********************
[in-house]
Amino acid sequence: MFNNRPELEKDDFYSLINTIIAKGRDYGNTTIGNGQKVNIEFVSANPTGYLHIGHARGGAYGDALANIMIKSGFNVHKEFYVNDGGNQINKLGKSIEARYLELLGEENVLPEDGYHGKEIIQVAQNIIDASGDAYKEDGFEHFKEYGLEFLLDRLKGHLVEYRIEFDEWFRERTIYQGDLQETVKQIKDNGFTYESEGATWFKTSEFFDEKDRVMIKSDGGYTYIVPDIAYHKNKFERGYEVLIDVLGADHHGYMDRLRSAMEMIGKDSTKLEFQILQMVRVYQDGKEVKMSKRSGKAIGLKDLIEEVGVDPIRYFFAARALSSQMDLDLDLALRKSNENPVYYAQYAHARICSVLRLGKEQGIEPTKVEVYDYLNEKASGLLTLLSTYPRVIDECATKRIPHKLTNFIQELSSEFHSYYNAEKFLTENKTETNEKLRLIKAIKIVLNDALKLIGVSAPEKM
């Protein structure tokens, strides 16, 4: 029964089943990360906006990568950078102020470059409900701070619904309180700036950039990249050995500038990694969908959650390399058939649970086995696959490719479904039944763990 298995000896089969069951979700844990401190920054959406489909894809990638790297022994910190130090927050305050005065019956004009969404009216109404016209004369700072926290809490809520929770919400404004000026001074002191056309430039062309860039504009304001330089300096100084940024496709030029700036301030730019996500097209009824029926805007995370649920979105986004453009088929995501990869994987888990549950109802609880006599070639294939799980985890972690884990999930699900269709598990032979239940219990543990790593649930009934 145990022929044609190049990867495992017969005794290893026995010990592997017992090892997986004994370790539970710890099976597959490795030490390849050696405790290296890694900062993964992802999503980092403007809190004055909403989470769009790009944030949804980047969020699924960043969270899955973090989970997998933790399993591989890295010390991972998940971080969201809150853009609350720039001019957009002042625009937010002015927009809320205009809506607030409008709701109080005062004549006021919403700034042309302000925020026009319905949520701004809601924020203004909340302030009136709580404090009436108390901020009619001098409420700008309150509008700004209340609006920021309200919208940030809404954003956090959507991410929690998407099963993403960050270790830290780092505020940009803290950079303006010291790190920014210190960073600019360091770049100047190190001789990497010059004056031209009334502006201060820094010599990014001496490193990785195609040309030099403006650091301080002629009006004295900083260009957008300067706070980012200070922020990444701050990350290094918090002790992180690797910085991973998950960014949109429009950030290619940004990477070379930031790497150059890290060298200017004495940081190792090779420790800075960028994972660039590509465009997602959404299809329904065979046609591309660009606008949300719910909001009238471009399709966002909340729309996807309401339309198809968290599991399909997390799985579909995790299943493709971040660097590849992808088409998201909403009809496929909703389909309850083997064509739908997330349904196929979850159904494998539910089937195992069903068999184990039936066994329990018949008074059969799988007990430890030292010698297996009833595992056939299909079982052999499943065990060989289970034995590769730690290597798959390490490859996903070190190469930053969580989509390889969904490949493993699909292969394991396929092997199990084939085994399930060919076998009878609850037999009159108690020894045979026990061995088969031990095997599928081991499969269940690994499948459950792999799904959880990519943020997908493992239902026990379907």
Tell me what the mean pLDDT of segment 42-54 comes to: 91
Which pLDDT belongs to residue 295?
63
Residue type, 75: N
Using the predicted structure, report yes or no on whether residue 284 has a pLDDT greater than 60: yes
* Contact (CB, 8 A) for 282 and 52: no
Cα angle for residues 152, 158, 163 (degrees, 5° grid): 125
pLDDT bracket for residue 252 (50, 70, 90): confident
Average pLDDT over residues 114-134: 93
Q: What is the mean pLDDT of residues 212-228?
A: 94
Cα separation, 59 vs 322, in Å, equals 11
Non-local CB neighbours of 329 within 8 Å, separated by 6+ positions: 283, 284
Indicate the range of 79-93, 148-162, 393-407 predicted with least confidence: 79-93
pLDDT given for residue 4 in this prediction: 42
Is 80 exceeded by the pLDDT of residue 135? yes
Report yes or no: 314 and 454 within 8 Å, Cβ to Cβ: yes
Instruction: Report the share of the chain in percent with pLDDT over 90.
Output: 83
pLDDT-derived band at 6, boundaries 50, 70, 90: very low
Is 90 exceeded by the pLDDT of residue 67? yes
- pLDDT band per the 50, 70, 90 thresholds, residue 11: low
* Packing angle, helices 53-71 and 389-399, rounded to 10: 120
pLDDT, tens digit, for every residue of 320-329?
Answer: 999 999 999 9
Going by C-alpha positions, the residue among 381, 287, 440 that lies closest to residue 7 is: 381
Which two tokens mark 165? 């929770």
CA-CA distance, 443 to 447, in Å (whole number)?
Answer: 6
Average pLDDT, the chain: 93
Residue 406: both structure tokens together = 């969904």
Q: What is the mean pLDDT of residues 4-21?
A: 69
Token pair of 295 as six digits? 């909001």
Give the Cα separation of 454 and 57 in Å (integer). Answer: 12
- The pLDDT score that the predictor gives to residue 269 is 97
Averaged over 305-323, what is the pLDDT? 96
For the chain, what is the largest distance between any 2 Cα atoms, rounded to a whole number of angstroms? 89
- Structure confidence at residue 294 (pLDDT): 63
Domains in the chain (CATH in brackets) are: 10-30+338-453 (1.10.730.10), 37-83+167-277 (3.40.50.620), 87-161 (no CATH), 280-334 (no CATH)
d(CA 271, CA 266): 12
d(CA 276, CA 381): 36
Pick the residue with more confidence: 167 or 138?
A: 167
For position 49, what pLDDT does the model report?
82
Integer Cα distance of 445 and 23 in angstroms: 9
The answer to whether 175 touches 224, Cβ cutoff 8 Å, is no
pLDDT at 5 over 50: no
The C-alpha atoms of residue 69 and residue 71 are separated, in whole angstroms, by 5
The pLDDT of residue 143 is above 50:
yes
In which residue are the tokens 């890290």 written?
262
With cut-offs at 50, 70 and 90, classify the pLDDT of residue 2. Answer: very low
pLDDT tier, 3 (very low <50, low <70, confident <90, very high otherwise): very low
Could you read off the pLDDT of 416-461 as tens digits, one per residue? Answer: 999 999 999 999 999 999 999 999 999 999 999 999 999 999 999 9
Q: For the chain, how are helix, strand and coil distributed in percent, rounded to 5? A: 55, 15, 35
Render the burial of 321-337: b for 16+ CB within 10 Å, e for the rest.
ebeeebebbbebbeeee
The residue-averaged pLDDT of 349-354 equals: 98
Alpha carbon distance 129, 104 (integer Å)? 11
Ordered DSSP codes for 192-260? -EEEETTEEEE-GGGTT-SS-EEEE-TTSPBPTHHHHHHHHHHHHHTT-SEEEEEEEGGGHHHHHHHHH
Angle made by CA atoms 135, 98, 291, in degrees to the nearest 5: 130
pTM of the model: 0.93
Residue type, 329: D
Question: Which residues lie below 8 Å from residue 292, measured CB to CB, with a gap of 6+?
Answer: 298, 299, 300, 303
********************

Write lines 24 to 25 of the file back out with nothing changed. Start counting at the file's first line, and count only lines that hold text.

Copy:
Is 90 exceeded by the pLDDT of residue 67? yes
- pLDDT band per the 50, 70, 90 thresholds, residue 11: low